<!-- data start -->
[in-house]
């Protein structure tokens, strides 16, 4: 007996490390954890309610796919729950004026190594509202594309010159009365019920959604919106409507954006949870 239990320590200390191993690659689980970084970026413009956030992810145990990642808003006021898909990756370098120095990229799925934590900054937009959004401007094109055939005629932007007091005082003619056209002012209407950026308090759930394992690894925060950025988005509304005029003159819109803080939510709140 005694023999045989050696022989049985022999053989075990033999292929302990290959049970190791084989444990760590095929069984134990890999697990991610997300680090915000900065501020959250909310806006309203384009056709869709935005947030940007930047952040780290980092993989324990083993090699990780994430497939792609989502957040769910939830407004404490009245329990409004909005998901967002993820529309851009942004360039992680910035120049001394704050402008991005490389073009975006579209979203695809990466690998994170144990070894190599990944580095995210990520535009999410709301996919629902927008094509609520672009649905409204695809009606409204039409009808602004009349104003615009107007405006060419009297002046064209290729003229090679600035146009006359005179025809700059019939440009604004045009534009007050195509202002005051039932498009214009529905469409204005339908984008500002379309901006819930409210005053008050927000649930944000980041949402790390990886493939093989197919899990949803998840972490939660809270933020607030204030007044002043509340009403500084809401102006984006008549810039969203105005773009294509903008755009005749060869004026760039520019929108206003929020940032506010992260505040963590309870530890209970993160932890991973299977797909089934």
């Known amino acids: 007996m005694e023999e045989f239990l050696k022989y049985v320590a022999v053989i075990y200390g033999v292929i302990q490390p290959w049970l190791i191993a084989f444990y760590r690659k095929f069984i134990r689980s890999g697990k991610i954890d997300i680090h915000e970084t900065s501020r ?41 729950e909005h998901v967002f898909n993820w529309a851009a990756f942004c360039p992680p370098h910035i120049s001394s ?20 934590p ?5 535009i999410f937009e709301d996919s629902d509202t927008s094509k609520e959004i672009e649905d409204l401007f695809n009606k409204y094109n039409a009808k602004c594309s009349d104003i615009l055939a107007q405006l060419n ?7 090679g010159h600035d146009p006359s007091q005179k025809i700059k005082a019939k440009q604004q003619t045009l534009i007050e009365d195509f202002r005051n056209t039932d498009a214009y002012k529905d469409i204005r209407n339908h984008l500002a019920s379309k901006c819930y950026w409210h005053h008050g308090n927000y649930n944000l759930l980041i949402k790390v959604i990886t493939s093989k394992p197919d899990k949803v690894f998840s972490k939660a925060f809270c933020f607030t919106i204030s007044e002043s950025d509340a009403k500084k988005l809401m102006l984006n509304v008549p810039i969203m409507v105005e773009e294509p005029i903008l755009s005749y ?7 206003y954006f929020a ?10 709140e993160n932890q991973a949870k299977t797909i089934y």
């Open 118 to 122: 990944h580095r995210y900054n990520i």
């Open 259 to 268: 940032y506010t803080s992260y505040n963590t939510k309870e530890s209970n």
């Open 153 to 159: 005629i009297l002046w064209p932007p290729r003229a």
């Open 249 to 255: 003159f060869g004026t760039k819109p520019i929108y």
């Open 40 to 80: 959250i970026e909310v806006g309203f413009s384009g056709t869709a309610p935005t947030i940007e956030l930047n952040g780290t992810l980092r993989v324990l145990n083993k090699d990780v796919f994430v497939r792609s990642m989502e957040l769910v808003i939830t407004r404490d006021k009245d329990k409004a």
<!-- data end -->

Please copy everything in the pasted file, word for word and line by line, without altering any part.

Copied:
[in-house]
């Protein structure tokens, strides 16, 4: 007996490390954890309610796919729950004026190594509202594309010159009365019920959604919106409507954006949870 239990320590200390191993690659689980970084970026413009956030992810145990990642808003006021898909990756370098120095990229799925934590900054937009959004401007094109055939005629932007007091005082003619056209002012209407950026308090759930394992690894925060950025988005509304005029003159819109803080939510709140 005694023999045989050696022989049985022999053989075990033999292929302990290959049970190791084989444990760590095929069984134990890999697990991610997300680090915000900065501020959250909310806006309203384009056709869709935005947030940007930047952040780290980092993989324990083993090699990780994430497939792609989502957040769910939830407004404490009245329990409004909005998901967002993820529309851009942004360039992680910035120049001394704050402008991005490389073009975006579209979203695809990466690998994170144990070894190599990944580095995210990520535009999410709301996919629902927008094509609520672009649905409204695809009606409204039409009808602004009349104003615009107007405006060419009297002046064209290729003229090679600035146009006359005179025809700059019939440009604004045009534009007050195509202002005051039932498009214009529905469409204005339908984008500002379309901006819930409210005053008050927000649930944000980041949402790390990886493939093989197919899990949803998840972490939660809270933020607030204030007044002043509340009403500084809401102006984006008549810039969203105005773009294509903008755009005749060869004026760039520019929108206003929020940032506010992260505040963590309870530890209970993160932890991973299977797909089934």
């Known amino acids: 007996m005694e023999e045989f239990l050696k022989y049985v320590a022999v053989i075990y200390g033999v292929i302990q490390p290959w049970l190791i191993a084989f444990y760590r690659k095929f069984i134990r689980s890999g697990k991610i954890d997300i680090h915000e970084t900065s501020r ?41 729950e909005h998901v967002f898909n993820w529309a851009a990756f942004c360039p992680p370098h910035i120049s001394s ?20 934590p ?5 535009i999410f937009e709301d996919s629902d509202t927008s094509k609520e959004i672009e649905d409204l401007f695809n009606k409204y094109n039409a009808k602004c594309s009349d104003i615009l055939a107007q405006l060419n ?7 090679g010159h600035d146009p006359s007091q005179k025809i700059k005082a019939k440009q604004q003619t045009l534009i007050e009365d195509f202002r005051n056209t039932d498009a214009y002012k529905d469409i204005r209407n339908h984008l500002a019920s379309k901006c819930y950026w409210h005053h008050g308090n927000y649930n944000l759930l980041i949402k790390v959604i990886t493939s093989k394992p197919d899990k949803v690894f998840s972490k939660a925060f809270c933020f607030t919106i204030s007044e002043s950025d509340a009403k500084k988005l809401m102006l984006n509304v008549p810039i969203m409507v105005e773009e294509p005029i903008l755009s005749y ?7 206003y954006f929020a ?10 709140e993160n932890q991973a949870k299977t797909i089934y």
């Open 118 to 122: 990944h580095r995210y900054n990520i």
């Open 259 to 268: 940032y506010t803080s992260y505040n963590t939510k309870e530890s209970n």
């Open 153 to 159: 005629i009297l002046w064209p932007p290729r003229a």
């Open 249 to 255: 003159f060869g004026t760039k819109p520019i929108y």
């Open 40 to 80: 959250i970026e909310v806006g309203f413009s384009g056709t869709a309610p935005t947030i940007e956030l930047n952040g780290t992810l980092r993989v324990l145990n083993k090699d990780v796919f994430v497939r792609s990642m989502e957040l769910v808003i939830t407004r404490d006021k009245d329990k409004a």